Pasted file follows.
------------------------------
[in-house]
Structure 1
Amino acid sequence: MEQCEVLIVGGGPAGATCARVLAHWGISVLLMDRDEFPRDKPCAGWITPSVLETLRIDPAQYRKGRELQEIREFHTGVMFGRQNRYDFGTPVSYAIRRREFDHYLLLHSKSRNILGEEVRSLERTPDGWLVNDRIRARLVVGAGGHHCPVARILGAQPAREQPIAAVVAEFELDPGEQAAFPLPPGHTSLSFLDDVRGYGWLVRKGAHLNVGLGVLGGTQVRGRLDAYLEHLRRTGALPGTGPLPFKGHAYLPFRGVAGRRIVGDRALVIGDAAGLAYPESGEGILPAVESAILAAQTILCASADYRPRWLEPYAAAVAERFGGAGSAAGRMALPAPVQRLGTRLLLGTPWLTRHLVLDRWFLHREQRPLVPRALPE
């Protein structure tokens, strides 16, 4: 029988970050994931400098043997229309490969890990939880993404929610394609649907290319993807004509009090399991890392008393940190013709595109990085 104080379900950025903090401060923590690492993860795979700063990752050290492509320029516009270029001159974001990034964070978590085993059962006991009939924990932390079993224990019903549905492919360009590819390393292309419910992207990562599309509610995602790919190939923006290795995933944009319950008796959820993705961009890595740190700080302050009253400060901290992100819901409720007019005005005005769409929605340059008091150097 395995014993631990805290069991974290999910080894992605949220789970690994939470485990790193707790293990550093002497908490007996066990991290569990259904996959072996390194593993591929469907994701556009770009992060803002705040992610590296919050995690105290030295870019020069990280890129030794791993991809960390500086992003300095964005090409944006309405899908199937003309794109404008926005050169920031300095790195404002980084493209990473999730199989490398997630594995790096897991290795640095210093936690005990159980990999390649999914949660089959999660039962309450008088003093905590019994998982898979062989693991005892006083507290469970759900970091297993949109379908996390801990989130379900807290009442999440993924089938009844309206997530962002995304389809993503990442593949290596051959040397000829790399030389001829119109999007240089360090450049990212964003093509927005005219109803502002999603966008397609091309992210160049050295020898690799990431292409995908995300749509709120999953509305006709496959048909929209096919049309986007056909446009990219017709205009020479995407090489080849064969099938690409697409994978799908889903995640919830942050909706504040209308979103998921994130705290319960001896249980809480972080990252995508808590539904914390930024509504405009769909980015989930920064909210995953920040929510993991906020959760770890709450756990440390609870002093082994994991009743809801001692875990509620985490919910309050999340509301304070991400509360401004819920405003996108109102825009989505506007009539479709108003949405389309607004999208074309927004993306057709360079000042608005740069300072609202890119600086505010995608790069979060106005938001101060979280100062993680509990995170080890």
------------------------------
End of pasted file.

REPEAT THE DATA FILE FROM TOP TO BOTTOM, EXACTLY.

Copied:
[in-house]
Structure 1
Amino acid sequence: MEQCEVLIVGGGPAGATCARVLAHWGISVLLMDRDEFPRDKPCAGWITPSVLETLRIDPAQYRKGRELQEIREFHTGVMFGRQNRYDFGTPVSYAIRRREFDHYLLLHSKSRNILGEEVRSLERTPDGWLVNDRIRARLVVGAGGHHCPVARILGAQPAREQPIAAVVAEFELDPGEQAAFPLPPGHTSLSFLDDVRGYGWLVRKGAHLNVGLGVLGGTQVRGRLDAYLEHLRRTGALPGTGPLPFKGHAYLPFRGVAGRRIVGDRALVIGDAAGLAYPESGEGILPAVESAILAAQTILCASADYRPRWLEPYAAAVAERFGGAGSAAGRMALPAPVQRLGTRLLLGTPWLTRHLVLDRWFLHREQRPLVPRALPE
């Protein structure tokens, strides 16, 4: 029988970050994931400098043997229309490969890990939880993404929610394609649907290319993807004509009090399991890392008393940190013709595109990085 104080379900950025903090401060923590690492993860795979700063990752050290492509320029516009270029001159974001990034964070978590085993059962006991009939924990932390079993224990019903549905492919360009590819390393292309419910992207990562599309509610995602790919190939923006290795995933944009319950008796959820993705961009890595740190700080302050009253400060901290992100819901409720007019005005005005769409929605340059008091150097 395995014993631990805290069991974290999910080894992605949220789970690994939470485990790193707790293990550093002497908490007996066990991290569990259904996959072996390194593993591929469907994701556009770009992060803002705040992610590296919050995690105290030295870019020069990280890129030794791993991809960390500086992003300095964005090409944006309405899908199937003309794109404008926005050169920031300095790195404002980084493209990473999730199989490398997630594995790096897991290795640095210093936690005990159980990999390649999914949660089959999660039962309450008088003093905590019994998982898979062989693991005892006083507290469970759900970091297993949109379908996390801990989130379900807290009442999440993924089938009844309206997530962002995304389809993503990442593949290596051959040397000829790399030389001829119109999007240089360090450049990212964003093509927005005219109803502002999603966008397609091309992210160049050295020898690799990431292409995908995300749509709120999953509305006709496959048909929209096919049309986007056909446009990219017709205009020479995407090489080849064969099938690409697409994978799908889903995640919830942050909706504040209308979103998921994130705290319960001896249980809480972080990252995508808590539904914390930024509504405009769909980015989930920064909210995953920040929510993991906020959760770890709450756990440390609870002093082994994991009743809801001692875990509620985490919910309050999340509301304070991400509360401004819920405003996108109102825009989505506007009539479709108003949405389309607004999208074309927004993306057709360079000042608005740069300072609202890119600086505010995608790069979060106005938001101060979280100062993680509990995170080890």